They also lament that the major cause of increased unemployment in the nation is the closure and balkanization of government agencies that used to be heavy employers of labour. “The Railway Corporation is down, the NPA, Nigeria Airways, NAHCO etc, the government, either as the legislature or executive have never asked questions or probed to know why these agencies are down, even some of them already privatized. So, we can’t see the serious effort at solving the problem of joblessness. We have closed the chapter of taking our complaint to the NASS.”
In about 2006, NITEL was divested of some of its assets, which were tagged ‘non-core’ One of them is the large NITEL Training Institute in Oshodi, Lagos that NCP, through BPE ceded to the Digital Bridge Institute (DBI). The rumour today is that the property is likely going to swing to the Bells University owned by Chief Obasanjo or at least have an affiliation with it with the Bells likely going to share the space with DBI. Saturday Sun visited the institute for confirmation of the allegation. The premises are already bubbling with activities as the DBI has started business. All the structures the institute is made of all inherited from NITEL have been refurbished and wear bright paints with deep blue doors.
The Marketing Manager in the Lagos campus, Mr. Akin Ogunlade declined powers to speak to Saturday Sun and rather passed the buck to Mr. Samuel Olanrewaju, Operations Manager at the Lagos campus who was battling with technicians to fix underground cable lines.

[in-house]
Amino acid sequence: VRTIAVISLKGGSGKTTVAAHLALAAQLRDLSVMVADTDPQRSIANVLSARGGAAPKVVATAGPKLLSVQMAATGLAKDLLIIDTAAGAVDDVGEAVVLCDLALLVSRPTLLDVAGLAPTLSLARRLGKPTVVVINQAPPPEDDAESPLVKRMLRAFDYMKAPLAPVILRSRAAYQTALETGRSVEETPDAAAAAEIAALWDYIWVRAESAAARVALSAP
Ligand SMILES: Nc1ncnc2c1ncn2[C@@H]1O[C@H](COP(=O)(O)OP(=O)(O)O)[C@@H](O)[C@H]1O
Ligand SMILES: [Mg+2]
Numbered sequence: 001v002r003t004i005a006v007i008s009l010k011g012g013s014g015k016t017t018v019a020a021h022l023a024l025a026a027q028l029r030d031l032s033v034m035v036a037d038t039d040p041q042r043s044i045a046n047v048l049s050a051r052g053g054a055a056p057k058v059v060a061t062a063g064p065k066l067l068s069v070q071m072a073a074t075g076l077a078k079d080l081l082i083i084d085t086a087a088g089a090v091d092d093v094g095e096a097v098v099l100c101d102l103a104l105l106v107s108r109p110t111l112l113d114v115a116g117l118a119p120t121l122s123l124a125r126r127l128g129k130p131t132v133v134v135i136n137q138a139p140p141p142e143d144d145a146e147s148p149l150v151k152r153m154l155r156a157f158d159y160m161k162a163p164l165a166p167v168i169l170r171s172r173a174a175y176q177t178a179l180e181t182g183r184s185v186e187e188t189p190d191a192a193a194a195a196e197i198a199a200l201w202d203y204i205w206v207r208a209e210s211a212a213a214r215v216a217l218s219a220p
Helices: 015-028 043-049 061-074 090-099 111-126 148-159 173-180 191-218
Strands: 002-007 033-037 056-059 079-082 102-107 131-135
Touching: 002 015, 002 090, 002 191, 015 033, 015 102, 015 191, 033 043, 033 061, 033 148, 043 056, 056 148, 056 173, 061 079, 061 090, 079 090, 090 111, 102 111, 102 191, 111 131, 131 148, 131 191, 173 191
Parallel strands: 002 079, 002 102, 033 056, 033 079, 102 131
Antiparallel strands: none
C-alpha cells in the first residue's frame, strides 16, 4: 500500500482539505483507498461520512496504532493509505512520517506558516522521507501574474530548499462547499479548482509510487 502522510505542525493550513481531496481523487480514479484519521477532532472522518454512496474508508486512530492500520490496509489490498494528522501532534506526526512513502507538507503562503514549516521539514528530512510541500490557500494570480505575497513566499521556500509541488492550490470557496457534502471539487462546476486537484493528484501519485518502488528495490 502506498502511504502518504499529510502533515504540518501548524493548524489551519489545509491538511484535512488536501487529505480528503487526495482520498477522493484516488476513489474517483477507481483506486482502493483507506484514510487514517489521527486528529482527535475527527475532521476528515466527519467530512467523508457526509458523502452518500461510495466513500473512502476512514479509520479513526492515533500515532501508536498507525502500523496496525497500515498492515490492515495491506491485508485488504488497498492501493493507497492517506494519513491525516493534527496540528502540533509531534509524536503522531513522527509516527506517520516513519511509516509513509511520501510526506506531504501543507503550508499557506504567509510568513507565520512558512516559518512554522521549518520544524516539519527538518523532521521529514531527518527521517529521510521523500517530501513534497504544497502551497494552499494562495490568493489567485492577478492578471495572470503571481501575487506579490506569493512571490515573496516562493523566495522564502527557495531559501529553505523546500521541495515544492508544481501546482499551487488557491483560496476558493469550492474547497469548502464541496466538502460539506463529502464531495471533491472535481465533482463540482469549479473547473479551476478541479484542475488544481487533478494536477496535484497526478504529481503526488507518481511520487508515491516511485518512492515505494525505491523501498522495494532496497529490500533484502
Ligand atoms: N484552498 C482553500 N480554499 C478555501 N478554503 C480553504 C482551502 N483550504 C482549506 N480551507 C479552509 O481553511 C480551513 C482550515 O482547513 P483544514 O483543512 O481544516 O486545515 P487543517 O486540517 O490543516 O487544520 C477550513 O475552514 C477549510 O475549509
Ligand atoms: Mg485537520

Olanrewaju however declined knowledge of the story of ceding the premises to Bells University. He instead said the premises are not enough for the business of the Institute, a reason it is building its Abuja campus simultaneously. He also noted that DBI later this year, subject to the approval of the Nigeria Universities Commission, (NUC) will upgrade to a university and the campus would not be enough for its operations.
“I can honestly tell you that I never heard what you asked me. It is a rumour. Yes, there could be no smoke without fire but given the scope of operations DBI wants to embark on especially after converting to a university, the place cannot accommodate us. We have been finding means of acquiring some more space around here because we want to establish the ICT Park here. The facilities and equipment required to have a standard ICT park can’t be contained here. The park would involve having Microsoft, HP, Siemens and other ICT and communication giants co-located here. Where is the space for another facility because we don’t even have enough”, he asked.